The 5-acre site of the National Museum of African American History and Culture was once part of an 800-acre tobacco plantation owned by Notley Young (1736–1802), on which 245 Africans were enslaved, according to the U.S. Census of 1790. The U.S. government purchased Young’s land in 1791 in order to start laying out the new capital of Washington, D.C.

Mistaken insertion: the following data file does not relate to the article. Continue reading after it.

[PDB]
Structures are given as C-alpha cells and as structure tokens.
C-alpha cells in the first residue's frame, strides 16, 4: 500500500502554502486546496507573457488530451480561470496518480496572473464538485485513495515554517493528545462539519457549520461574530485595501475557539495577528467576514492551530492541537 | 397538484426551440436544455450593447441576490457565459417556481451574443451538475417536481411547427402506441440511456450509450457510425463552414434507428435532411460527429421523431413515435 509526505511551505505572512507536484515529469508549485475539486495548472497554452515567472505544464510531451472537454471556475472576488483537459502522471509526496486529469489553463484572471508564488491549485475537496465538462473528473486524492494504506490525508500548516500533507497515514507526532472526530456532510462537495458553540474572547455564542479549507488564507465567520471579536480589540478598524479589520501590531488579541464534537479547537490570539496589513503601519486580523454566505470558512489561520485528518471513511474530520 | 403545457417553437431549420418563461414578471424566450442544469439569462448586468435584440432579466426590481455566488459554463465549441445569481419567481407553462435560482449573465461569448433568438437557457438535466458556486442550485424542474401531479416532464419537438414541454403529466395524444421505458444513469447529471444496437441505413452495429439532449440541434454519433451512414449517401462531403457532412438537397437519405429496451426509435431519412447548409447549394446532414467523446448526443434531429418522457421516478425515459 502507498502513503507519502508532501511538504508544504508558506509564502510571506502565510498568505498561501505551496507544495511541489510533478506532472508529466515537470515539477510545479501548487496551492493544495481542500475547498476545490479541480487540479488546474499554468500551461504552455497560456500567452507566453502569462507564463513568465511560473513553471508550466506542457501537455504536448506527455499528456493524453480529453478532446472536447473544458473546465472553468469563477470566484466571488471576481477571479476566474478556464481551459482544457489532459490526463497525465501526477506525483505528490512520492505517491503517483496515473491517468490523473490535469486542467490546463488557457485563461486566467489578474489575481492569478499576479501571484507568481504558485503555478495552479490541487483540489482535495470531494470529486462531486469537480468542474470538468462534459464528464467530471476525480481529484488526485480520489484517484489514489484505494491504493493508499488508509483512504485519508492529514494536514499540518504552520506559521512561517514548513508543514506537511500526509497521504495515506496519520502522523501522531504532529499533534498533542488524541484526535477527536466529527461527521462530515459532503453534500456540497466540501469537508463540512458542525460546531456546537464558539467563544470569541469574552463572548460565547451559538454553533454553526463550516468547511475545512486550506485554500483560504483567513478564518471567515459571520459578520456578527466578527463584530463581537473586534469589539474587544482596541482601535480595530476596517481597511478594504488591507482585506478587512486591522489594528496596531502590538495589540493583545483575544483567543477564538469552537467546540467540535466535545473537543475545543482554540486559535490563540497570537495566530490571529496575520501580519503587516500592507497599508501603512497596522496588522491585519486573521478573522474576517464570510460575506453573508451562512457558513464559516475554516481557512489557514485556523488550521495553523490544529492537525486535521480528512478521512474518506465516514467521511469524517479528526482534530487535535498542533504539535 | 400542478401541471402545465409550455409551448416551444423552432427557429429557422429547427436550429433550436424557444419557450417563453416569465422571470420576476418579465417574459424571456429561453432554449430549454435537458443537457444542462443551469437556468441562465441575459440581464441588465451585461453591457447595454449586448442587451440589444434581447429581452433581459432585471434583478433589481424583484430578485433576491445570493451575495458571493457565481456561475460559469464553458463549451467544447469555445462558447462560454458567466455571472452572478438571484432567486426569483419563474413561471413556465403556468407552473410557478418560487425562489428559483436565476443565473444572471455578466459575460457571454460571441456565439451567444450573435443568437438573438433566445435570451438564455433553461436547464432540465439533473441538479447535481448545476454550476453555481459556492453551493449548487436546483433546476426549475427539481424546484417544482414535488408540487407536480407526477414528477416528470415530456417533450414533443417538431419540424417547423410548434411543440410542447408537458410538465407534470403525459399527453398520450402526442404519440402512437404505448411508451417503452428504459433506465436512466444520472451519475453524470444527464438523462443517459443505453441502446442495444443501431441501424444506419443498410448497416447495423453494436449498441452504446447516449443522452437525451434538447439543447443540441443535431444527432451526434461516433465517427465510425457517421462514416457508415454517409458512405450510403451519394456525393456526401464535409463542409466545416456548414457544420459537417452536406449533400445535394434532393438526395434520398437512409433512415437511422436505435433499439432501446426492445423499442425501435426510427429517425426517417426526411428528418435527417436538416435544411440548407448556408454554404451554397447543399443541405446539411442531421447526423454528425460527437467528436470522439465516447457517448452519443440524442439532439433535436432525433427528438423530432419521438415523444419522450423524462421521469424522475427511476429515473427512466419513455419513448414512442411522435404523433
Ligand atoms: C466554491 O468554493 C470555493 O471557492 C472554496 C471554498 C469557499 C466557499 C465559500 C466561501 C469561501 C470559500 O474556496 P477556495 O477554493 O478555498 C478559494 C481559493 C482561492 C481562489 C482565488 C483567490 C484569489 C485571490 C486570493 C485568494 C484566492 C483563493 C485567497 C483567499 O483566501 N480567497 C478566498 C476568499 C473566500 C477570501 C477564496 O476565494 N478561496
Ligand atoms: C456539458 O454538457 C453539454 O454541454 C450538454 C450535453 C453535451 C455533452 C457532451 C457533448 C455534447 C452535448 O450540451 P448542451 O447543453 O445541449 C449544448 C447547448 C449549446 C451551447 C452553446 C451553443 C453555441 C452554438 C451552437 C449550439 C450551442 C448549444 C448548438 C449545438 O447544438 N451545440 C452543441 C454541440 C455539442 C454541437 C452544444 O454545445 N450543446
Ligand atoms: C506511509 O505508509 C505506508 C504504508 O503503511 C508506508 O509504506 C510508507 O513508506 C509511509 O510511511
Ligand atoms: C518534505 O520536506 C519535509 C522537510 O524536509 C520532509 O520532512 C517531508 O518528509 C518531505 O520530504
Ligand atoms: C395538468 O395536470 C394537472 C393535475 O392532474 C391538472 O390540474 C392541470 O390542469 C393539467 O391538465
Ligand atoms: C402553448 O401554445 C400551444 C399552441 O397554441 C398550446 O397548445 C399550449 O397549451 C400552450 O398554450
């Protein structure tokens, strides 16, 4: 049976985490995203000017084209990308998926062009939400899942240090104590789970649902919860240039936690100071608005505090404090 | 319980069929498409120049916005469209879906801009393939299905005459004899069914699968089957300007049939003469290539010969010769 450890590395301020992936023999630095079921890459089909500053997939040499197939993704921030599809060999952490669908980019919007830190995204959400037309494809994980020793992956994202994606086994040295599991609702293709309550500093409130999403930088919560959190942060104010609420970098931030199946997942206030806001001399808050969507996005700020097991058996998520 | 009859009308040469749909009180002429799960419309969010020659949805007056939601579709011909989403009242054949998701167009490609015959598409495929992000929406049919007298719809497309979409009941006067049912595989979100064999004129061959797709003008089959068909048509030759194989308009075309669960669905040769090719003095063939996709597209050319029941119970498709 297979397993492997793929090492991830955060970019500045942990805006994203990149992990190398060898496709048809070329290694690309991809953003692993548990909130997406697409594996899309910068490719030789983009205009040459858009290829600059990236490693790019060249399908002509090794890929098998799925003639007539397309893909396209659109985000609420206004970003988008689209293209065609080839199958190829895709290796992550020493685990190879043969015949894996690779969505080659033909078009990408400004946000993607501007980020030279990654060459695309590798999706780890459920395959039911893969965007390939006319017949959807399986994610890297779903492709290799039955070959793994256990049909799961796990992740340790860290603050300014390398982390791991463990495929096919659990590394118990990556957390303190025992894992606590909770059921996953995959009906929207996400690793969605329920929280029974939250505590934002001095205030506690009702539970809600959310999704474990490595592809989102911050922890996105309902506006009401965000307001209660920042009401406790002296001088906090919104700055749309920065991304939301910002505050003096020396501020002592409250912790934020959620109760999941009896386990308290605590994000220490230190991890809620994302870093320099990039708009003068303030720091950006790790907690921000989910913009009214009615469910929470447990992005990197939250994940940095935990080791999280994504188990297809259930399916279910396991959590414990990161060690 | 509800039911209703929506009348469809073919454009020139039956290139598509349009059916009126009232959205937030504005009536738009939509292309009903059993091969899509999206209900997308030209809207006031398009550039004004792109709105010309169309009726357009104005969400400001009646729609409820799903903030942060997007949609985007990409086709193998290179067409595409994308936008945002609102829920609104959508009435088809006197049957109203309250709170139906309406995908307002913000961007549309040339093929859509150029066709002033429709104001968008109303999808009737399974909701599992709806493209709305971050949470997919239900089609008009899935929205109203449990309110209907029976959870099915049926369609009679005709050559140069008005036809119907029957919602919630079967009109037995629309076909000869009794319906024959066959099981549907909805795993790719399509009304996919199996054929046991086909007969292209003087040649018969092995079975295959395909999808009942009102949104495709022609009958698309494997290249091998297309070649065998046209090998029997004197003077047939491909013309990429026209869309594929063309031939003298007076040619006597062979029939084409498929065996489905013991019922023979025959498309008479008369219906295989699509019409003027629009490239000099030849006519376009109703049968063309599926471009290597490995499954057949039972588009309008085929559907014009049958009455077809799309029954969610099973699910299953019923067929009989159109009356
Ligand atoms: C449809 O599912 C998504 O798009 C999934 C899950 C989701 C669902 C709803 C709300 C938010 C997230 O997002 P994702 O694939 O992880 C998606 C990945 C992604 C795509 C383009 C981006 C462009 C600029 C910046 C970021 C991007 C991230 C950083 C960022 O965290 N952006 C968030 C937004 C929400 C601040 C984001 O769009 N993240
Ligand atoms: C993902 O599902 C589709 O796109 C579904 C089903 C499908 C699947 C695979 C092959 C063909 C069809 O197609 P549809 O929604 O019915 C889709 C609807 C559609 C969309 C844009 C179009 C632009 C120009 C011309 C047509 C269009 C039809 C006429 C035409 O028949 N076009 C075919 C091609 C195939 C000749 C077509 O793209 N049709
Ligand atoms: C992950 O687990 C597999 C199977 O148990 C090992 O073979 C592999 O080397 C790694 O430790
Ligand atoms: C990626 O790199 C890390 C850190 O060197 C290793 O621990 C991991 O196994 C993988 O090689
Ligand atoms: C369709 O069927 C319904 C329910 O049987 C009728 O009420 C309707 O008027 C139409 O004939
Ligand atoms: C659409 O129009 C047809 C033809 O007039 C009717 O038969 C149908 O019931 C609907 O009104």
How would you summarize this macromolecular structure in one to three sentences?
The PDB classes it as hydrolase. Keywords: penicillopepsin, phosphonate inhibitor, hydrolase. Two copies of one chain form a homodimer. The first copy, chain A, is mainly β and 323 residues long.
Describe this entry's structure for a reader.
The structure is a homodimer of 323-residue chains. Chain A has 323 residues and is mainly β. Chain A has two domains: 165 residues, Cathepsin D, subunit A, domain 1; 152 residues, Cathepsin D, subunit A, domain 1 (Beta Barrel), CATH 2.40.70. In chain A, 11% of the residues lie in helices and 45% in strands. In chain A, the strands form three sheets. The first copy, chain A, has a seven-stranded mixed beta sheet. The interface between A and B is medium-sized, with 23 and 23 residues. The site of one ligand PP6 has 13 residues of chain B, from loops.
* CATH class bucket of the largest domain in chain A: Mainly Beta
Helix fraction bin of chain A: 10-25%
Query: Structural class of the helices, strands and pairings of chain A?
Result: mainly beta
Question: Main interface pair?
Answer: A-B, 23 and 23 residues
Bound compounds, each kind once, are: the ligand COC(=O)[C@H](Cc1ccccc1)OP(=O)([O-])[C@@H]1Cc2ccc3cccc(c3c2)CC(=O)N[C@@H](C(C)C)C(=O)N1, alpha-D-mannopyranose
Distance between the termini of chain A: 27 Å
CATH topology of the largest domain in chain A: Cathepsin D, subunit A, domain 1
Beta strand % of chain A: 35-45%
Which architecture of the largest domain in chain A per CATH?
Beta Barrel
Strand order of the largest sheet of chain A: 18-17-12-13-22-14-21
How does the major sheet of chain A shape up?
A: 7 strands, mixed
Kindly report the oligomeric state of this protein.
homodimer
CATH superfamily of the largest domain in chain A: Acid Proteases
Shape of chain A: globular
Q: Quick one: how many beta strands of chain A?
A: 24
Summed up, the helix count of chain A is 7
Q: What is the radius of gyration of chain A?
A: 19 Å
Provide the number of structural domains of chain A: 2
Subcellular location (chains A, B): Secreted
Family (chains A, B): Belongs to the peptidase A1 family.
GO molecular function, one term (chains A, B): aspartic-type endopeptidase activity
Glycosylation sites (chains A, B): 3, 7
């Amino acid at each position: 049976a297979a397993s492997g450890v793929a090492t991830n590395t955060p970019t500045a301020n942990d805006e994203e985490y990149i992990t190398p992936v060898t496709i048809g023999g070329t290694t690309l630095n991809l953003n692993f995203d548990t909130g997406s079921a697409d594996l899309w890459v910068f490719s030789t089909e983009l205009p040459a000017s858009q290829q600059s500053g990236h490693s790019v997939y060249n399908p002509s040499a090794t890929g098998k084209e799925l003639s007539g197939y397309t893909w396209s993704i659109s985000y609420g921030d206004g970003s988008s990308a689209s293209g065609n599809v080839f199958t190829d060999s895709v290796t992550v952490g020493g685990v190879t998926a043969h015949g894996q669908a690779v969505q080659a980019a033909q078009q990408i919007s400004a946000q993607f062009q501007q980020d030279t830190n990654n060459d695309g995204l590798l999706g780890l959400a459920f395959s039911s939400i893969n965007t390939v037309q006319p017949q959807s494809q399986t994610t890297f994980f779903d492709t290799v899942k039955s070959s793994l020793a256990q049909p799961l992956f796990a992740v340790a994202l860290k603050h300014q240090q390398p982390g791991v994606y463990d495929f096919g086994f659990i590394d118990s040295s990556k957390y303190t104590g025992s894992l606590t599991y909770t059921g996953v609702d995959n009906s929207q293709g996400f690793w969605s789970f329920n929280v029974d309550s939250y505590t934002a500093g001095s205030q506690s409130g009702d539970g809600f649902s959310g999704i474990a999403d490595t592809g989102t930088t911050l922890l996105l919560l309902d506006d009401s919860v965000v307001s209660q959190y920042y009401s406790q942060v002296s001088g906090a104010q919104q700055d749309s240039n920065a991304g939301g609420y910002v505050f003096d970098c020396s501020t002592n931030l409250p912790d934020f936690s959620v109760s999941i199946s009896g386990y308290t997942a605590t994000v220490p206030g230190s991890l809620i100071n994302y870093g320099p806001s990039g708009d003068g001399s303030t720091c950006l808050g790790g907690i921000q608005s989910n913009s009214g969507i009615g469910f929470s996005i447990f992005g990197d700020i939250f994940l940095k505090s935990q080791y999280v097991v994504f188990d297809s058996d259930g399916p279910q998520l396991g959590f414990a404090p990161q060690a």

The Young family’s plantation house was built ca. 1756 and demolished roughly 100 years later. It was located near current-day G Street, between 9th and 10th Streets, within what is now Benjamin Banneker Park, named for the African American astronomer, engineer, and mathematician who helped survey and plan the new federal city.